Carrer Mirador. The Episcopal Palace is a very large building and it oldest part, facing the sea, is medieval and was begun in the 13th Century and then successively extended.  The Gothic doorway to the old Sant Pau oratory is a highlight.  The entrance portico to the patio was built around 1473 by the master builders, Cristòfol and Juan Vilasclar and Simò Xevari, on the orders of Bishop Francesc Ferrer.  The first construction was significantly extended in the 17th and 18th Centuries.  Attention is drawn to the main façade, in the Mannerist style, paid for by the Majorcan Bishop, Simó Bauçà, in 1616 and the magnificent sun dial that presides over the patio with the coat of arms of the Catalan Bishop, Benet Panyelles Escardó (1730-1743).  The Diocesan Museum, which has recently been renovated, is inside the palace.

08. Episcopal Palace Garden

Carrer Sant Pere Nolasc, 6. The Episcopal Palace Garden has a Neo-Baroque doorway designed by the Majorcan architect, Josep Oleza Frates, in 1931.  If you go into the garden, in the north-east corner you will see huge ashlar stones which are part of the old Roman wall around the town.

09. Can Olesa

Carrer Morey, 9. This is another iconic street in the old town, with a good number of mansions, mostly reconstructed.  The best preserved building is Can Olesa, one of the most famous mansions in Palma.  The façade retains 16th Century masonry, with Renaissance windows with the Descós family coat of arms.  The actual house is the result of rebuilding at the end of the 17th Century and is centred arround a magnificent central patio.  This patio is a stereotypical example of Majorcan Baroque patios, with typical columns, very low arches and stairs ending in a gallery with three archways.  This house is one of the few in the city that still completely retains its period interior.  It was declared a historic and artistic monument in 1973.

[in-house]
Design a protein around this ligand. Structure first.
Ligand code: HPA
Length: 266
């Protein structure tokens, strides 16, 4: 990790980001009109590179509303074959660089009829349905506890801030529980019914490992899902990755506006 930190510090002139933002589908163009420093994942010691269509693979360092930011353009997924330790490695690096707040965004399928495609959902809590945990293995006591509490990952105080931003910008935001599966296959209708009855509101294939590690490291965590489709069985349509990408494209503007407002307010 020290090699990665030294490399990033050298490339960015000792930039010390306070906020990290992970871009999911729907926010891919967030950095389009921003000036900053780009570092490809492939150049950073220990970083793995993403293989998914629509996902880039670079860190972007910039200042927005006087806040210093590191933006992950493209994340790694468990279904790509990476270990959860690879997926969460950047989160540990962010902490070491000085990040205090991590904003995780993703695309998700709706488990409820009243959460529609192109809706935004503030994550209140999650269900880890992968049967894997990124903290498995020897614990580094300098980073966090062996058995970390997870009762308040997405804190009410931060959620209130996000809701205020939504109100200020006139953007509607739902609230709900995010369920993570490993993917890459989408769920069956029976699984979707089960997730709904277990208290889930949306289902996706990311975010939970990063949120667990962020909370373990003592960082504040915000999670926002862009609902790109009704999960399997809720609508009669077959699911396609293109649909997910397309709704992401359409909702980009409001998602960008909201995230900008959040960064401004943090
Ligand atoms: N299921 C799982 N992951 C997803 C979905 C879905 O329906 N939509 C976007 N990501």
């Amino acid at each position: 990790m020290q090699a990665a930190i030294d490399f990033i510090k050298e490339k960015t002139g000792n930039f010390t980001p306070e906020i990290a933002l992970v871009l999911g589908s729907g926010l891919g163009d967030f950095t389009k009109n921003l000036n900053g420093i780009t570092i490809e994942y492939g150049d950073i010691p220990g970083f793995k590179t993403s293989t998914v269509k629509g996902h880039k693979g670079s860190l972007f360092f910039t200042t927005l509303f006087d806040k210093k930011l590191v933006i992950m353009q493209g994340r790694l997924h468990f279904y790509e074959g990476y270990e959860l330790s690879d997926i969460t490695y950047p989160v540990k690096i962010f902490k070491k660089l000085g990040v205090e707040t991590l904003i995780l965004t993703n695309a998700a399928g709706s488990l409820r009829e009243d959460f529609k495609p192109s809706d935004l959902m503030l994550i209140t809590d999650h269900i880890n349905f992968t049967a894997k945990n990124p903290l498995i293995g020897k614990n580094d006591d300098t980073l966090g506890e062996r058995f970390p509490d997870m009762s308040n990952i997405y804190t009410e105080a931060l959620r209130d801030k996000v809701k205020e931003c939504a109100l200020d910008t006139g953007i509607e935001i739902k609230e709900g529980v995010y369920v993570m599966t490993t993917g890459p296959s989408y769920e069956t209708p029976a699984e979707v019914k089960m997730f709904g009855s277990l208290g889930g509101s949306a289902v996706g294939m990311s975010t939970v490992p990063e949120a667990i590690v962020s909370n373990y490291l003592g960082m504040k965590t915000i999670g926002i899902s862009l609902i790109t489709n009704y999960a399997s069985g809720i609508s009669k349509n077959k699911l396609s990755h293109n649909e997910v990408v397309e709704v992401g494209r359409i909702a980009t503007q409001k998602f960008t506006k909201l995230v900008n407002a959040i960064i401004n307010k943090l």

10. Ca la Gran Cristiana (Museum of Majorca)

Carrer Portella, 5. The Museum of Majorca is housed in an old mansion known by the name Ca la Gran Cristiana.  The building, of medieval origin, underwent major renovation in the 17th and 18th Centuries.  The façade has elegant Baroque balconies and the coat of arms of the Togores family, the Counts of Aiamans.  The museum was founded in 1961 and the palace was bought by Palma Town Council in 1968 and gave it to the museum as its headquarters.  It is the most important history and art museum on the island.  Highlights are the prehistoric (Talayotic culture) and Muslim archaeology section, the Gothic paintings section (13th-15th Century) and the modernist rooms, with noteable collections of china (from the Majorcan La Roqueta factory) and furniture.

11. La Portella Mansions

Carrer Portella. Carrer Portella is one of the most historic in Palma, as some of the most iconic mansions in the town are to be found here.  The 17th Century Can Formiguera is outstanding, with a splendid balcony and a coat of arms on the corner which has the arms of Ramon Burguès-Safortesa Fuster, Count of Formiguera, a legendary figure in the history of Majorca known as Comte Mal.  The old inn of the Carthusians of Valldemossa in Palma is opposite.  After the confiscation of church property it fell into private hands and is known as Cal Comte d'Espanya (the Count of Spain's House).  The building was reconstructed in the 18th Century and has a delightful Baroque patio.  The niche in the doorway holds the image of Saint Bruno.

Towards the middle of the street there are two grand historical houses with Neo-Gothic features.  The most important is Can Espanya-Serra, which has an outstanding late 19th Century patio.  All of these buildings have the Majorcan mansion layout which, in general, consists of a large entrance with a semi-circular arch in the Gothic style, a floor with studies, a balcony on the first floor and rows of windows or columns in the upper porticoed gallery.  Finally, the overhanging eaves are a feature which help to protect the façade.

To the left, if we go down towards the town wall, what was an old mansion now houses the museum dedicated to the Catalan painter, Joaquim Torrents Lladó (1946-1993) and which exhibits his life and work.